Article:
that a glide of flying fish had thrown upwards.

(‘Younger Years’)

The green tea sits perfectly still in water’s grave
with the temperament of a hearse stretching in quiet languor.

(‘Tuesday 3.36pm’)

This imaginative power is fused with passionate politics. Poems such as ‘If I Told You’ dispel myths. ‘This Is Not A Poem’ uses its refrain to illustrate the shortcomings of language

when eloquent words fail me and I can’t capture
the struggle of the poor through the metaphysics of language [...]

when I can’t find clever words to illustrate the fact
that before 2008 Nelson Mandela had been on America’s list
of the most dangerous terrorists over 60 years

While Anaxagorou’s concerns remain the same, his forthcoming collection, After the Formalities, marks something of a departure in style. Here his poems are markedly more experimental and his approach less direct. He has described the thinking behind the long title poem:

“I’ve tried to span 500 years of racial thinking. […] So I’ve looked at where race begins as a social construct, and I’ve tried to use each hundred years as a springboard to examine my own family’s experiences with race and racism, living in London, emigrating from Cyprus in the late ’50s it was still a British colony and ending up today where we are today with the big old mess that we’re in.”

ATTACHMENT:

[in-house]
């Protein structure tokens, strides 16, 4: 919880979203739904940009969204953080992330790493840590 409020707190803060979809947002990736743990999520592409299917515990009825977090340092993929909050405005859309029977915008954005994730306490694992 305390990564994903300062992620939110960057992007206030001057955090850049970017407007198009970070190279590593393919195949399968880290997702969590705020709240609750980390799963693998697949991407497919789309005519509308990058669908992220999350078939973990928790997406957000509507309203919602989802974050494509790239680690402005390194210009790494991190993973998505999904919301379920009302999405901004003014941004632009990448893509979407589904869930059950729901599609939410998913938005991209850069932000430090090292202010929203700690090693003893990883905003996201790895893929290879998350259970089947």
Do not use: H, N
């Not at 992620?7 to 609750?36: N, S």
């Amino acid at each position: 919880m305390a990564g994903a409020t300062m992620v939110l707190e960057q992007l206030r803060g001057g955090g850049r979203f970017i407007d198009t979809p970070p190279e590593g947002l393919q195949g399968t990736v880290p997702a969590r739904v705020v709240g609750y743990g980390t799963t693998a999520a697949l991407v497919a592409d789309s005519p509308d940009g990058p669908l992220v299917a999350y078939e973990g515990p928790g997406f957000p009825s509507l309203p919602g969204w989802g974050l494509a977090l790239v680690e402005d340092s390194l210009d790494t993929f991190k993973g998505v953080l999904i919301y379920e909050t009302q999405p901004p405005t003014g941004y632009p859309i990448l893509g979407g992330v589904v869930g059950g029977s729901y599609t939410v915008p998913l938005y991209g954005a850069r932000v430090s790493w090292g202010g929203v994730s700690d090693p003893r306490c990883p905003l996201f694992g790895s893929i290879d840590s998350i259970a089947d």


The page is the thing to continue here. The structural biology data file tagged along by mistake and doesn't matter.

(Live Faber Poetry Podcast at Crossing Border Festival)

Quotes are interspersed with vignettes and recurring motifs build pathos. Anaxagorou has spoken of cultivating a non-conventional lyricism, less manipulative and more exploratory. In ‘Departure Lounge Twenty Seventeen’ we are faced with a litany of the horrors of that year, including Trump, Grenfell and the Finsbury Park mosque terror attack. These are interjected [with scenes of] a grandmother “making her way // into a forest barefoot”. We are not given a narrative, but rather an elliptical procession of enigmatic imagery. In ‘Uber’ we do have a narrative, an exchange between two men in very short lines which mimics the passage of the car and a conversation dictated by the circumstance. The men are racially abused and the driver reacts by putting his family photo back into his wallet:

he tucks
his daughter
back in
her mother
the wheel
like a
how much
can a
pair of hands

Fatherhood is key to this collection, becoming the point at which concerns of masculinity and race meet:

Father, I can fit my childhood into a fist,
I can name the times I stayed silent when you
thundered there were only two types of people,
winners and losers, forgetting the belt, the shoe,
the eyewitness.

(‘How Men Will Remember Their Fathers’)

The idea of witness, and the sense of responsibility and guilt which goes with it, is ever present in this book: